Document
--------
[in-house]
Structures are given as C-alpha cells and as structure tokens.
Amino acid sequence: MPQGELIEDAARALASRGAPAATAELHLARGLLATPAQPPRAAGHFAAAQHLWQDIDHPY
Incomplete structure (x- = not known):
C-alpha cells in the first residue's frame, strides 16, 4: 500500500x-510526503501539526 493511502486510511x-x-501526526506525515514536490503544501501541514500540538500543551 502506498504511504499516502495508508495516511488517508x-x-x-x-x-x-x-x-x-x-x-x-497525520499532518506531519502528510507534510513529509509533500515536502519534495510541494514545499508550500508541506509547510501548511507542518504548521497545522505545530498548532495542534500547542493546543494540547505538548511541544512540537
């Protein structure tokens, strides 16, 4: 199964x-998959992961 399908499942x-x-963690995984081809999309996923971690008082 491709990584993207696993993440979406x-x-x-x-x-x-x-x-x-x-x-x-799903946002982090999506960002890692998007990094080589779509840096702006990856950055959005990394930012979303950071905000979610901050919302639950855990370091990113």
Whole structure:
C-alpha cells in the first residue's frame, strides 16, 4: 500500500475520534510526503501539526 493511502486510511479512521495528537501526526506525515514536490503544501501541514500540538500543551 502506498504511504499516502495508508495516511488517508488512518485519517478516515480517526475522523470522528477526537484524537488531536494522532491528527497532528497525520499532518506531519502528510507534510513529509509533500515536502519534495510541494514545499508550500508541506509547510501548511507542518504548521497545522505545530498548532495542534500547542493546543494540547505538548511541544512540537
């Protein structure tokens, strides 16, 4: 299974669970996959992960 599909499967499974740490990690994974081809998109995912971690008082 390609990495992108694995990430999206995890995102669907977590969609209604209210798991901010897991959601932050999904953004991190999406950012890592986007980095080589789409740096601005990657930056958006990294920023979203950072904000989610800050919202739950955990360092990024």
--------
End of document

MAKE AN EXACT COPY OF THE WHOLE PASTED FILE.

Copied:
[in-house]
Structures are given as C-alpha cells and as structure tokens.
Amino acid sequence: MPQGELIEDAARALASRGAPAATAELHLARGLLATPAQPPRAAGHFAAAQHLWQDIDHPY
Incomplete structure (x- = not known):
C-alpha cells in the first residue's frame, strides 16, 4: 500500500x-510526503501539526 493511502486510511x-x-501526526506525515514536490503544501501541514500540538500543551 502506498504511504499516502495508508495516511488517508x-x-x-x-x-x-x-x-x-x-x-x-497525520499532518506531519502528510507534510513529509509533500515536502519534495510541494514545499508550500508541506509547510501548511507542518504548521497545522505545530498548532495542534500547542493546543494540547505538548511541544512540537
């Protein structure tokens, strides 16, 4: 199964x-998959992961 399908499942x-x-963690995984081809999309996923971690008082 491709990584993207696993993440979406x-x-x-x-x-x-x-x-x-x-x-x-799903946002982090999506960002890692998007990094080589779509840096702006990856950055959005990394930012979303950071905000979610901050919302639950855990370091990113």
Whole structure:
C-alpha cells in the first residue's frame, strides 16, 4: 500500500475520534510526503501539526 493511502486510511479512521495528537501526526506525515514536490503544501501541514500540538500543551 502506498504511504499516502495508508495516511488517508488512518485519517478516515480517526475522523470522528477526537484524537488531536494522532491528527497532528497525520499532518506531519502528510507534510513529509509533500515536502519534495510541494514545499508550500508541506509547510501548511507542518504548521497545522505545530498548532495542534500547542493546543494540547505538548511541544512540537
């Protein structure tokens, strides 16, 4: 299974669970996959992960 599909499967499974740490990690994974081809998109995912971690008082 390609990495992108694995990430999206995890995102669907977590969609209604209210798991901010897991959601932050999904953004991190999406950012890592986007980095080589789409740096601005990657930056958006990294920023979203950072904000989610800050919202739950955990360092990024």